Lebbeus Woods is the world’s greatest living architect. While we are rich in form-makers and technicians, Woods’s genius is to combine visionary tectonics and a staggering imagination with a deepening and insistent ethical imperative. Indeed, his research examines the fundamentals of embodiment and the ways in which architecture absorbs and expresses the nature of the political, particularly at the margins. For Woods, politics is ambient.
As a manifestation of culture, the political accretes all the styles of knowledge and media of expression that surround it. In a political architecture – by which I mean one that actively propagandises - there is an expressive supplement to the programmatic, the site of architecture’s most deeply intrinsic understanding of social relations. In this sense Woods creates an architecture of persuasion. The work of Lebbeus Woods proposes a kind of epistemological unified field theory in which architecture is responsible for a content that articulates its character in both mind and matter. Woods’s work has had a long and intimate relationship to physics and cosmology, particularly phlogiston theory and chaos.
The trajectory of his projects virtually recapitulates the history of celestial mechanics, beginning with a Copernican interest in the cyclical behaviour of bodies and now absorbed with more notional – more invisible – behaviours of particles. This analogous system provides Woods with a medium capable of combining the social with the material at a precisely controlled conceptual level and the results are breathtaking and mysterious. A marvellous exhibit of Woods’s work now at the Carnegie Museum of Art in Pittsburgh shows the range and development of his thinking as well as the prodigious and growing span of his technique. His Centricity project of 1987 speculates about an intertwining of urban form and the concentric shells of the atom. What is striking about this work is the way in which the metaphors function reciprocally. Architecture becomes a tool for investigating physics and vice versa. Of course, this is not a technique for uncovering primary physical attributes but for organising our imperfect knowledge of such events for comprehensible expression as part of the everyday.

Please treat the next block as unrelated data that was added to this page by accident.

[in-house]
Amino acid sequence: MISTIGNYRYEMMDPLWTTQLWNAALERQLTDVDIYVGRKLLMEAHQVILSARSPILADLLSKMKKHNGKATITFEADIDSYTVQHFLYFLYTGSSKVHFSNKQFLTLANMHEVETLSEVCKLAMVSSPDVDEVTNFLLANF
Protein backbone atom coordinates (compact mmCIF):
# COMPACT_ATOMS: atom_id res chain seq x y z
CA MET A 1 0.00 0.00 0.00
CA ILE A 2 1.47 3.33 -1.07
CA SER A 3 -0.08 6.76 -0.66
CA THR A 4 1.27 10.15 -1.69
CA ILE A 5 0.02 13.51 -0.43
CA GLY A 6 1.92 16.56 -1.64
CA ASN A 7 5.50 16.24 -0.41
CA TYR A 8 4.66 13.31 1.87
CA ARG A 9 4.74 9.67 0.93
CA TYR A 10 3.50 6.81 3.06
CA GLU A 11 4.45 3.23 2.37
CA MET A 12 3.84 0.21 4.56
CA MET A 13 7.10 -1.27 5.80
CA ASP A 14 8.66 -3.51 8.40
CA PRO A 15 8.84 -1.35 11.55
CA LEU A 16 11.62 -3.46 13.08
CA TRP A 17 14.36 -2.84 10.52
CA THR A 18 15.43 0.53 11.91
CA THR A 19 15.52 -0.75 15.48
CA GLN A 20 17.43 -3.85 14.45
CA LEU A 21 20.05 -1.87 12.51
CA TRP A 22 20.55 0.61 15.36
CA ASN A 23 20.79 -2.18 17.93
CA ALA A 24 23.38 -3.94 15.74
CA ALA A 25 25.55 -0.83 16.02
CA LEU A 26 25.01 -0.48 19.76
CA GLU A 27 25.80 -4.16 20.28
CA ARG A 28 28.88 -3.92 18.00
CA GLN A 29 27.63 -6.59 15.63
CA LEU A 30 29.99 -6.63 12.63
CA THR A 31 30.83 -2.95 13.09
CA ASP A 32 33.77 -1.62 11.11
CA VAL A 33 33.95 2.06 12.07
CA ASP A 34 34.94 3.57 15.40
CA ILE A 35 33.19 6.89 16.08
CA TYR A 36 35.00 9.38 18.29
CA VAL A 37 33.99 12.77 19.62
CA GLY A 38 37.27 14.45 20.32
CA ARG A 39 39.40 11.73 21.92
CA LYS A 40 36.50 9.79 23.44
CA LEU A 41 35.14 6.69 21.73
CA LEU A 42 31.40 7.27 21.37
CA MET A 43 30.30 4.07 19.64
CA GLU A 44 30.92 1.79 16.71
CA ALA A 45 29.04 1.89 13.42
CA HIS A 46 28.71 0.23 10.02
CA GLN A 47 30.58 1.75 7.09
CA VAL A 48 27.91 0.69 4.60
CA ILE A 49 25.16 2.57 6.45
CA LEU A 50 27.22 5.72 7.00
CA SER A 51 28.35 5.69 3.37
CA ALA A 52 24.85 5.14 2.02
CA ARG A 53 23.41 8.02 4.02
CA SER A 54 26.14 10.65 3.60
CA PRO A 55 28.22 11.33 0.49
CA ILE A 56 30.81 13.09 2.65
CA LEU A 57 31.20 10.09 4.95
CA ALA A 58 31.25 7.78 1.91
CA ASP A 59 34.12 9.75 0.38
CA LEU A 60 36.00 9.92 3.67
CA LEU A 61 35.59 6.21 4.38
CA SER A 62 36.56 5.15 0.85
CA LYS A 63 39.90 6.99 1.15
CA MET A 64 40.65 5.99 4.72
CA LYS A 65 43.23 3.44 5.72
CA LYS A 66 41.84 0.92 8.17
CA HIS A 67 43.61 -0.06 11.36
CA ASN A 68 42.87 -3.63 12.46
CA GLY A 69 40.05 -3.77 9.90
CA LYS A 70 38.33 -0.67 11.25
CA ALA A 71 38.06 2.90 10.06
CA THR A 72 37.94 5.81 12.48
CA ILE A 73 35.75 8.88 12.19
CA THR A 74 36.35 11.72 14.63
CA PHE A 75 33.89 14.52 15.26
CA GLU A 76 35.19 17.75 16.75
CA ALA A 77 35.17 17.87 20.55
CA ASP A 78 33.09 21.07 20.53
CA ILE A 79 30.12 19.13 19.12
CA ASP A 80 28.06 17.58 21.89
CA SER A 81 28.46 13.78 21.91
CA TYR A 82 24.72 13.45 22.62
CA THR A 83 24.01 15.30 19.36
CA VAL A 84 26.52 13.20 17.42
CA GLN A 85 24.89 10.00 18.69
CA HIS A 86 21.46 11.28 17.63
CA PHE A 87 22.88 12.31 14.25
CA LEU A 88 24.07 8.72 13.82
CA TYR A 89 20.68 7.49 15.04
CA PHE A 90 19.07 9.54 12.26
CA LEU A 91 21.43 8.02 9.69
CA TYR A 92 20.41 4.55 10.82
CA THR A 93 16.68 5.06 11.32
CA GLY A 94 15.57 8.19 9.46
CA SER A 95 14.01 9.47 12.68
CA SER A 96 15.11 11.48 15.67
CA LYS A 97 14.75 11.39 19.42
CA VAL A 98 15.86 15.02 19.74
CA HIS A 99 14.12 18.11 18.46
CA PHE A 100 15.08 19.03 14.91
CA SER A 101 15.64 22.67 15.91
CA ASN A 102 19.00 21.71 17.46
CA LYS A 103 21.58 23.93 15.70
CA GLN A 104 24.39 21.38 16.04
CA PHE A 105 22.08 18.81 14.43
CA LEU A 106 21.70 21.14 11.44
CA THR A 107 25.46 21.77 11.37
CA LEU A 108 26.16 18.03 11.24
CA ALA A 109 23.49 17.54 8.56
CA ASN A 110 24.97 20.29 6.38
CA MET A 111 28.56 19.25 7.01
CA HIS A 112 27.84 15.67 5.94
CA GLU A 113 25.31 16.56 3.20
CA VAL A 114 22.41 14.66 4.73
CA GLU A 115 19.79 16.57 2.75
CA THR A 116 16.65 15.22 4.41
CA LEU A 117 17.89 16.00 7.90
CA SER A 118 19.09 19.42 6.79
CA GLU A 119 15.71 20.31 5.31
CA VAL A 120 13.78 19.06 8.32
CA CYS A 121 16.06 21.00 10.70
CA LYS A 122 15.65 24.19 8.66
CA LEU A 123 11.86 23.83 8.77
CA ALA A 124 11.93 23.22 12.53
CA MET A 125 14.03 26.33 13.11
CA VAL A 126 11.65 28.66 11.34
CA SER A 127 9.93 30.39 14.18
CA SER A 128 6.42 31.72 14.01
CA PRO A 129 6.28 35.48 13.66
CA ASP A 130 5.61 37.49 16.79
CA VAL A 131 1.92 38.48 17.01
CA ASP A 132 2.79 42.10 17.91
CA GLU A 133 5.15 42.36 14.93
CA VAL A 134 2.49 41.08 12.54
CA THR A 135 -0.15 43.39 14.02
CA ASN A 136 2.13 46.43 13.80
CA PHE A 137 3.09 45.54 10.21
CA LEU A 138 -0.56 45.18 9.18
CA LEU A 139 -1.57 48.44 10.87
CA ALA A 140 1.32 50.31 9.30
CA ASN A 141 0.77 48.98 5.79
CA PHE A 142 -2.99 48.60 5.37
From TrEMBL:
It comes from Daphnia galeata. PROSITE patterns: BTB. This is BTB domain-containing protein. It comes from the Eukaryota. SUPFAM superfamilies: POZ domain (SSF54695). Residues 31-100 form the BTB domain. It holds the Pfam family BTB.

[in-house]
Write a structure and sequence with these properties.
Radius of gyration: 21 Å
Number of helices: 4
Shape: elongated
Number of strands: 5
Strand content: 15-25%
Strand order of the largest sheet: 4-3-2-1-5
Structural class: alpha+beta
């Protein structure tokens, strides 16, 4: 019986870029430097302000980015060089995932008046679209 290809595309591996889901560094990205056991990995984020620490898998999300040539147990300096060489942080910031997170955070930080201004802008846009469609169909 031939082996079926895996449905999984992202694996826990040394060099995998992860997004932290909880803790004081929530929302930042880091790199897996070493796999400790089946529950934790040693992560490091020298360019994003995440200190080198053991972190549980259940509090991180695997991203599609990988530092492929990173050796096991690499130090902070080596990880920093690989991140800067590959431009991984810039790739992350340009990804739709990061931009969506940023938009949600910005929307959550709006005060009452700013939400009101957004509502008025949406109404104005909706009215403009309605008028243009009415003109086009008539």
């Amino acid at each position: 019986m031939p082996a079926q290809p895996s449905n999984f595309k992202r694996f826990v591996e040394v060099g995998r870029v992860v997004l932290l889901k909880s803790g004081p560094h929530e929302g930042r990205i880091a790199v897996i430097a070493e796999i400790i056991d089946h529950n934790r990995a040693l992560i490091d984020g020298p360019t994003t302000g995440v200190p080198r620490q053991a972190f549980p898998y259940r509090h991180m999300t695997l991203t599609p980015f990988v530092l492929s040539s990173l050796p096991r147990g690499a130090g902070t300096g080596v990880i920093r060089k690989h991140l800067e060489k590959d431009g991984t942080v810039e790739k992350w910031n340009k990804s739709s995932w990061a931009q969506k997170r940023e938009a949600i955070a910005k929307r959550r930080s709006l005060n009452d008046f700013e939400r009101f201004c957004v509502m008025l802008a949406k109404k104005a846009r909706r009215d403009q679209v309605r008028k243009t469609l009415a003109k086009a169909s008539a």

The Aerial Paris project of 1989 extends this inquiry. Here Woods confronts architecture’s most compelling physical constraint: gravity. Utilising some mysterious and pervasive energy – one we know to be there but are presently incapable of tapping – he creates a series of habitations that float and dance in the sky above the city, housing a magical endo-atmospheric circus. What better place for a band of performers whose “practice” defies both physical and social gravity. Beginning in the early 1990s, Woods’s work takes a more demonstrably and localised political turn.The Berlin Freespace project of 1990-1991 invents an architecture of parasitic insinuation, a system of spaces that burrow under the city and inhabit existing buildings.
The spaces themselves – complexly described but imprecisely, “freely” inhabited – propose the propagation of freedom by means of an autonomously acting spatial eruption, an expression of the spread of choice that assaults the received architecture of sameness and constraint. A large part of the project’s fascination – as with so much of Woods’s work – is in the precision of the design. His work is only “un-costructable” because of the limits of our ambition, not of our technology. Shortly after the Berlin project, Woods began a long relationship with the city of Sarajevo, one which brought him there repeatedly, even during the worst of the violence. His speculation focused both on the destruction of the city and the nature of future redress. Throughout, his concern was both with the institutions of civic life after the war and with the meaning of repair. Confronting a default of simple restoration, Woods directed his work to a transformation that paid appropriate respect to the reality of the trauma.